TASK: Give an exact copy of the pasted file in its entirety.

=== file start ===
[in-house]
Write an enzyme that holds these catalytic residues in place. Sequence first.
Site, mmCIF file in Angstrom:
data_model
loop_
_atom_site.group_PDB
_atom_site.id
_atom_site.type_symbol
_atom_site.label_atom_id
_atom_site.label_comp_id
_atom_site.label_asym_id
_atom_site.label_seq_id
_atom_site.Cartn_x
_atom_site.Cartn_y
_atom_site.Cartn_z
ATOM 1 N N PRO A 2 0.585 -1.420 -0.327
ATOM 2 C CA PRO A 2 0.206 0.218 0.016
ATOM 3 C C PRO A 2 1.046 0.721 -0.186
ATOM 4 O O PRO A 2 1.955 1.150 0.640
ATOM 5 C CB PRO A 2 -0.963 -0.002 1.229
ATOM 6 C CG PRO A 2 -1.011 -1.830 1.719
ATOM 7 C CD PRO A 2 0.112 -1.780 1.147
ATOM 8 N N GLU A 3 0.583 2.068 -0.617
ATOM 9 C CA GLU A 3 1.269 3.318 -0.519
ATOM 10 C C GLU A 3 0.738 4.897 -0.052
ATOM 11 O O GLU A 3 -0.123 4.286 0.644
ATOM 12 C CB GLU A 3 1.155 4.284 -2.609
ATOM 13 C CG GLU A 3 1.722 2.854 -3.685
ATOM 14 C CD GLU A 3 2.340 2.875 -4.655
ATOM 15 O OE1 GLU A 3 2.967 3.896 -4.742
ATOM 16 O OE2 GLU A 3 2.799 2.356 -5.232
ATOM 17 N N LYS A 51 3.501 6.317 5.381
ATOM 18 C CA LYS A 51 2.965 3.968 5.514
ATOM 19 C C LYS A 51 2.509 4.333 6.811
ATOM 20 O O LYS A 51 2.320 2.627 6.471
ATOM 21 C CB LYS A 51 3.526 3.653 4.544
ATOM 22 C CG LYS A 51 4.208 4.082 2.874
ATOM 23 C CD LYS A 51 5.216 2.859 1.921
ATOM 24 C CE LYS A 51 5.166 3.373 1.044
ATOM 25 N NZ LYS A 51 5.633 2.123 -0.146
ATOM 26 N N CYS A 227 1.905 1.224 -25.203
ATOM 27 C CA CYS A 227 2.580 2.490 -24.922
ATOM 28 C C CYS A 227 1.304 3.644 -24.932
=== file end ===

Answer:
[in-house]
Write an enzyme that holds these catalytic residues in place. Sequence first.
Site, mmCIF file in Angstrom:
data_model
loop_
_atom_site.group_PDB
_atom_site.id
_atom_site.type_symbol
_atom_site.label_atom_id
_atom_site.label_comp_id
_atom_site.label_asym_id
_atom_site.label_seq_id
_atom_site.Cartn_x
_atom_site.Cartn_y
_atom_site.Cartn_z
ATOM 1 N N PRO A 2 0.585 -1.420 -0.327
ATOM 2 C CA PRO A 2 0.206 0.218 0.016
ATOM 3 C C PRO A 2 1.046 0.721 -0.186
ATOM 4 O O PRO A 2 1.955 1.150 0.640
ATOM 5 C CB PRO A 2 -0.963 -0.002 1.229
ATOM 6 C CG PRO A 2 -1.011 -1.830 1.719
ATOM 7 C CD PRO A 2 0.112 -1.780 1.147
ATOM 8 N N GLU A 3 0.583 2.068 -0.617
ATOM 9 C CA GLU A 3 1.269 3.318 -0.519
ATOM 10 C C GLU A 3 0.738 4.897 -0.052
ATOM 11 O O GLU A 3 -0.123 4.286 0.644
ATOM 12 C CB GLU A 3 1.155 4.284 -2.609
ATOM 13 C CG GLU A 3 1.722 2.854 -3.685
ATOM 14 C CD GLU A 3 2.340 2.875 -4.655
ATOM 15 O OE1 GLU A 3 2.967 3.896 -4.742
ATOM 16 O OE2 GLU A 3 2.799 2.356 -5.232
ATOM 17 N N LYS A 51 3.501 6.317 5.381
ATOM 18 C CA LYS A 51 2.965 3.968 5.514
ATOM 19 C C LYS A 51 2.509 4.333 6.811
ATOM 20 O O LYS A 51 2.320 2.627 6.471
ATOM 21 C CB LYS A 51 3.526 3.653 4.544
ATOM 22 C CG LYS A 51 4.208 4.082 2.874
ATOM 23 C CD LYS A 51 5.216 2.859 1.921
ATOM 24 C CE LYS A 51 5.166 3.373 1.044
ATOM 25 N NZ LYS A 51 5.633 2.123 -0.146
ATOM 26 N N CYS A 227 1.905 1.224 -25.203
ATOM 27 C CA CYS A 227 2.580 2.490 -24.922
ATOM 28 C C CYS A 227 1.304 3.644 -24.932